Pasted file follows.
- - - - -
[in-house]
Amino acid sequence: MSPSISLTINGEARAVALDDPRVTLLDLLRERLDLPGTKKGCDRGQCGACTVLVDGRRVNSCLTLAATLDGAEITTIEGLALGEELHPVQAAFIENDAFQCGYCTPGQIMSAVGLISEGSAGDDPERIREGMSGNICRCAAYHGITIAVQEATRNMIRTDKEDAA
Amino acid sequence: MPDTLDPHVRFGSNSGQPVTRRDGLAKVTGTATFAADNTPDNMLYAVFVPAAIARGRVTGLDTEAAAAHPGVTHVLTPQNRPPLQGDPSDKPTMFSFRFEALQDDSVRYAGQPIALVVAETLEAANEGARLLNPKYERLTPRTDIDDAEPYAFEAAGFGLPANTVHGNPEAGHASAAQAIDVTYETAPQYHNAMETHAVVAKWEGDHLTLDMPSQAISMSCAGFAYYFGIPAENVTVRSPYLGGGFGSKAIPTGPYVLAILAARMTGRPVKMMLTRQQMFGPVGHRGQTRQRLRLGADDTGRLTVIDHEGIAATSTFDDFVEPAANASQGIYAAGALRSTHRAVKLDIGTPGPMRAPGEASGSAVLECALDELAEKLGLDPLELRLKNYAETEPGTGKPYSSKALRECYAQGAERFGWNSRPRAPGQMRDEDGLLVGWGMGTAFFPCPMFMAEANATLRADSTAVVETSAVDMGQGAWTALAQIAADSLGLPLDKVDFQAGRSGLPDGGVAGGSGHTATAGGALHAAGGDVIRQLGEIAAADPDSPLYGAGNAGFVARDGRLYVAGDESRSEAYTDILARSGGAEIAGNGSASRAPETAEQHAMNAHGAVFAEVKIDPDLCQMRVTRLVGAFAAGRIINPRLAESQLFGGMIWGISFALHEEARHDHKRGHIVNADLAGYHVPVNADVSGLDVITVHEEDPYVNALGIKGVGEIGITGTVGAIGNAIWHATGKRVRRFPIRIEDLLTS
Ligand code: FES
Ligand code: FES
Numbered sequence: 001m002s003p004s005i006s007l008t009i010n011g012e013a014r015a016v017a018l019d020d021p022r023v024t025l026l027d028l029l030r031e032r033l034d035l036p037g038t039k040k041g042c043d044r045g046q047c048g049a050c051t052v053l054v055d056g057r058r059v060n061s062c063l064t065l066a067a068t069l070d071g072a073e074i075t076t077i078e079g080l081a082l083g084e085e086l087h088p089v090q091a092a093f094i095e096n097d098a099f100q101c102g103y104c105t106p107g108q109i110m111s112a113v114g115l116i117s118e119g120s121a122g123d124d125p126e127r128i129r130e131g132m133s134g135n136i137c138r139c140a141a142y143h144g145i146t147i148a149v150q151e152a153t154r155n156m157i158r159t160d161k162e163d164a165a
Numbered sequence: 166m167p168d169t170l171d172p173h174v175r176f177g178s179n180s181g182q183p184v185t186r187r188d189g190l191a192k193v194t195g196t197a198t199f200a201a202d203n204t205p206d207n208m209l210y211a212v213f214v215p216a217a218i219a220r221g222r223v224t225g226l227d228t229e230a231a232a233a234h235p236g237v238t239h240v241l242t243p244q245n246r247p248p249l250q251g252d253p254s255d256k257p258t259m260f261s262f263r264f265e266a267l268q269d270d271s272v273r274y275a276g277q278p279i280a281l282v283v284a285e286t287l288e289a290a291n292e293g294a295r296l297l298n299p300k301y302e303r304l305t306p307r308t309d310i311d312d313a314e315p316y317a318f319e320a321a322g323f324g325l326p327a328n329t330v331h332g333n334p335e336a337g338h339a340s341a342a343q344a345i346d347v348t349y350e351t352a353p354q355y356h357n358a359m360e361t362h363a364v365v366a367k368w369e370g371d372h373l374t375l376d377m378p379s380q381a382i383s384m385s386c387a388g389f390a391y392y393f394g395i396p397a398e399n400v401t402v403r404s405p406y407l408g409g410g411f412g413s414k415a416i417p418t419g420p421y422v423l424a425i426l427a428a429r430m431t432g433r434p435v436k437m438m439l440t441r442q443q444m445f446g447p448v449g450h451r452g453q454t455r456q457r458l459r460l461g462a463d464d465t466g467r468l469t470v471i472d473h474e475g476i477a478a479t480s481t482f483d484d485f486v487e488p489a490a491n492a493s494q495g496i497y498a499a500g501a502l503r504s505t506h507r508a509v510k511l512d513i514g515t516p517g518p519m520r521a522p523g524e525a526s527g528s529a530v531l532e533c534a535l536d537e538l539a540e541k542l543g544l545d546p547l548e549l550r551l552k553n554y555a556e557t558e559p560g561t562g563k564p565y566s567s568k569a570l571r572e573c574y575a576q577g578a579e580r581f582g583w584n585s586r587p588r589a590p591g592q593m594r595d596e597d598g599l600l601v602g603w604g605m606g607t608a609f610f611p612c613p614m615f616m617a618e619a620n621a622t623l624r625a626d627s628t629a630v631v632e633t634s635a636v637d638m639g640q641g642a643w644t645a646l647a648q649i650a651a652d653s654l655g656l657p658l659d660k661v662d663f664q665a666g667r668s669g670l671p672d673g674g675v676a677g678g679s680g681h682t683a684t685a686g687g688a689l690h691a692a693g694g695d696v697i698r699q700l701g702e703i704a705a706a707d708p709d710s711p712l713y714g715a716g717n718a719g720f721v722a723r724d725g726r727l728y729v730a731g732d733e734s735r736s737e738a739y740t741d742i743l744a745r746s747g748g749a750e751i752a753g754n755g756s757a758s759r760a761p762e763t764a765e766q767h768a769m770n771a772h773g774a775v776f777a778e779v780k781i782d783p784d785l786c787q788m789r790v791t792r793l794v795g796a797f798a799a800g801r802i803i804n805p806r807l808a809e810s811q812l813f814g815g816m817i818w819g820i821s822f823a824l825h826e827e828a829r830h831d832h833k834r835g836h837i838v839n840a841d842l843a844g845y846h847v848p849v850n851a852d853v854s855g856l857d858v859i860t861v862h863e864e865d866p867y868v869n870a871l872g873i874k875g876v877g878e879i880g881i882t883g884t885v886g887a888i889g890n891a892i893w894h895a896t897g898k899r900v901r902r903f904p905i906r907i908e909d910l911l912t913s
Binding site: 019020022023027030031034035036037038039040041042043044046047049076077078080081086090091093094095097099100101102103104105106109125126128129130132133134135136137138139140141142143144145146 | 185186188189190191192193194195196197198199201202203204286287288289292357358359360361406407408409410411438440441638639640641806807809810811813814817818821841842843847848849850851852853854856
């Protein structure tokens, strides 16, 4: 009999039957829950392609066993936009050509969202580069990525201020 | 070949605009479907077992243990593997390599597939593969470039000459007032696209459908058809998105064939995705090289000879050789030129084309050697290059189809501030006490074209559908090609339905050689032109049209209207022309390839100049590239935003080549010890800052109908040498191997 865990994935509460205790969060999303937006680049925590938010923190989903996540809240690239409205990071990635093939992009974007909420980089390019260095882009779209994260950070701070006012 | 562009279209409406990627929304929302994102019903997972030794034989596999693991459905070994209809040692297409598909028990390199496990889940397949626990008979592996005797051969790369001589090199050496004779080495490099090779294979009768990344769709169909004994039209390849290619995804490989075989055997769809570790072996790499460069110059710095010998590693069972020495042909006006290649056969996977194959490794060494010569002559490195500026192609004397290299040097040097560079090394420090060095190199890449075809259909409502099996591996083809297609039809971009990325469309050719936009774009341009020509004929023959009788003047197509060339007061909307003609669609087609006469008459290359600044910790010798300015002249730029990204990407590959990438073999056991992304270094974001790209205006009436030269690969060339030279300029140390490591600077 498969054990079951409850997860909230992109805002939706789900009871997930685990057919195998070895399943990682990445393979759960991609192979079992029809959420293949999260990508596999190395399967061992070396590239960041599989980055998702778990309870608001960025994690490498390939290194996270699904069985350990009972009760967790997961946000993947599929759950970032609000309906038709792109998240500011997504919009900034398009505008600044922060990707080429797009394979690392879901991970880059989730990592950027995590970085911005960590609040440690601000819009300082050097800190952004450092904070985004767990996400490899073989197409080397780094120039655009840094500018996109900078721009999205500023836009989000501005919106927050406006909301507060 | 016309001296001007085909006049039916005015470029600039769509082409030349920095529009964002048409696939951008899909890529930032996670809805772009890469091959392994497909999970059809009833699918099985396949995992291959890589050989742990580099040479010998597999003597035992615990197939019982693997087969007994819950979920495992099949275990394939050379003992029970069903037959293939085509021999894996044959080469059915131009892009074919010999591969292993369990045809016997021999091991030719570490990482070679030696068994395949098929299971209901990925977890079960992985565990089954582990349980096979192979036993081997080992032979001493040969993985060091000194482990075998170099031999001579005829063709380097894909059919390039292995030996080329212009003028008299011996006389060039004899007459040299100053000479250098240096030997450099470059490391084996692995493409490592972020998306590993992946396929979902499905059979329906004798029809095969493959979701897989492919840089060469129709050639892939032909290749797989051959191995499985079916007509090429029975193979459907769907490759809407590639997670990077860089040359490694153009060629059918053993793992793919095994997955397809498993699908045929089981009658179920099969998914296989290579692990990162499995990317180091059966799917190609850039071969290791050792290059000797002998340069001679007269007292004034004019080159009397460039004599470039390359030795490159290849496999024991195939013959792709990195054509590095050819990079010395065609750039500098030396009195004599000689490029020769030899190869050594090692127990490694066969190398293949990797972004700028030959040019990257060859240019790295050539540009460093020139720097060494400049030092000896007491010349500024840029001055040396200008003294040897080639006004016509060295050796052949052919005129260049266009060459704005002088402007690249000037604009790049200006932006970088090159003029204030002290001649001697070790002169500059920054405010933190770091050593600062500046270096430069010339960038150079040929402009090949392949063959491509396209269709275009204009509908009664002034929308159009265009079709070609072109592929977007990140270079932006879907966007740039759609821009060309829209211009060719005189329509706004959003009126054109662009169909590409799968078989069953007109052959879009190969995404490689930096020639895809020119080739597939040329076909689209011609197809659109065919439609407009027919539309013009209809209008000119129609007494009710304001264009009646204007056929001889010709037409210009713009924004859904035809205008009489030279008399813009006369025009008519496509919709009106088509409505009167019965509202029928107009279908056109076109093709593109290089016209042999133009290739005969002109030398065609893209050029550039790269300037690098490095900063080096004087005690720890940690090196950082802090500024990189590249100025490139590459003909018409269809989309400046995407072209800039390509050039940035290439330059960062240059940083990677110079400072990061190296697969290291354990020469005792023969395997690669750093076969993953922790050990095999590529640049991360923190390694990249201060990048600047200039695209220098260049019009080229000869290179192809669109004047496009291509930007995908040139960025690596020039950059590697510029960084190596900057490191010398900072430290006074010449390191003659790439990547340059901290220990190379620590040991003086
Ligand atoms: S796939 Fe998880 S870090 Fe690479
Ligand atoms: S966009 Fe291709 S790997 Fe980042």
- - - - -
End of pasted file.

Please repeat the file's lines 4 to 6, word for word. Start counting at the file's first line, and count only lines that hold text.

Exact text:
Ligand code: FES
Ligand code: FES
Numbered sequence: 001m002s003p004s005i006s007l008t009i010n011g012e013a014r015a016v017a018l019d020d021p022r023v024t025l026l027d028l029l030r031e032r033l034d035l036p037g038t039k040k041g042c043d044r045g046q047c048g049a050c051t052v053l054v055d056g057r058r059v060n061s062c063l064t065l066a067a068t069l070d071g072a073e074i075t076t077i078e079g080l081a082l083g084e085e086l087h088p089v090q091a092a093f094i095e096n097d098a099f100q101c102g103y104c105t106p107g108q109i110m111s112a113v114g115l116i117s118e119g120s121a122g123d124d125p126e127r128i129r130e131g132m133s134g135n136i137c138r139c140a141a142y143h144g145i146t147i148a149v150q151e152a153t154r155n156m157i158r159t160d161k162e163d164a165a